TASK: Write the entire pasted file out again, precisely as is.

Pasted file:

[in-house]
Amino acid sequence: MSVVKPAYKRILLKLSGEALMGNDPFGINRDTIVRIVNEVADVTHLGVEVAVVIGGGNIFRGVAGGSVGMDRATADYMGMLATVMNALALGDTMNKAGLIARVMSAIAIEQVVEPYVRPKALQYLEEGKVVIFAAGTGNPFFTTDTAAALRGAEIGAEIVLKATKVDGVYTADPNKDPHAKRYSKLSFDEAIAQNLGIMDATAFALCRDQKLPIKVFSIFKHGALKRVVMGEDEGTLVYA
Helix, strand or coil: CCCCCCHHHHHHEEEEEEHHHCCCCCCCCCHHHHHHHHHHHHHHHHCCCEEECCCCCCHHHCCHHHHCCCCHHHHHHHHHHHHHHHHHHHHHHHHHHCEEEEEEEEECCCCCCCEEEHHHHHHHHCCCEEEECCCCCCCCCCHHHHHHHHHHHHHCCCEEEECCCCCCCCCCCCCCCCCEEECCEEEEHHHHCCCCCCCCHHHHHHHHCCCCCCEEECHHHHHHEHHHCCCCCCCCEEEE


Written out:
[in-house]
Amino acid sequence: MSVVKPAYKRILLKLSGEALMGNDPFGINRDTIVRIVNEVADVTHLGVEVAVVIGGGNIFRGVAGGSVGMDRATADYMGMLATVMNALALGDTMNKAGLIARVMSAIAIEQVVEPYVRPKALQYLEEGKVVIFAAGTGNPFFTTDTAAALRGAEIGAEIVLKATKVDGVYTADPNKDPHAKRYSKLSFDEAIAQNLGIMDATAFALCRDQKLPIKVFSIFKHGALKRVVMGEDEGTLVYA
Helix, strand or coil: CCCCCCHHHHHHEEEEEEHHHCCCCCCCCCHHHHHHHHHHHHHHHHCCCEEECCCCCCHHHCCHHHHCCCCHHHHHHHHHHHHHHHHHHHHHHHHHHCEEEEEEEEECCCCCCCEEEHHHHHHHHCCCEEEECCCCCCCCCCHHHHHHHHHHHHHCCCEEEECCCCCCCCCCCCCCCCCEEECCEEEEHHHHCCCCCCCCHHHHHHHHCCCCCCEEECHHHHHHEHHHCCCCCCCCEEEE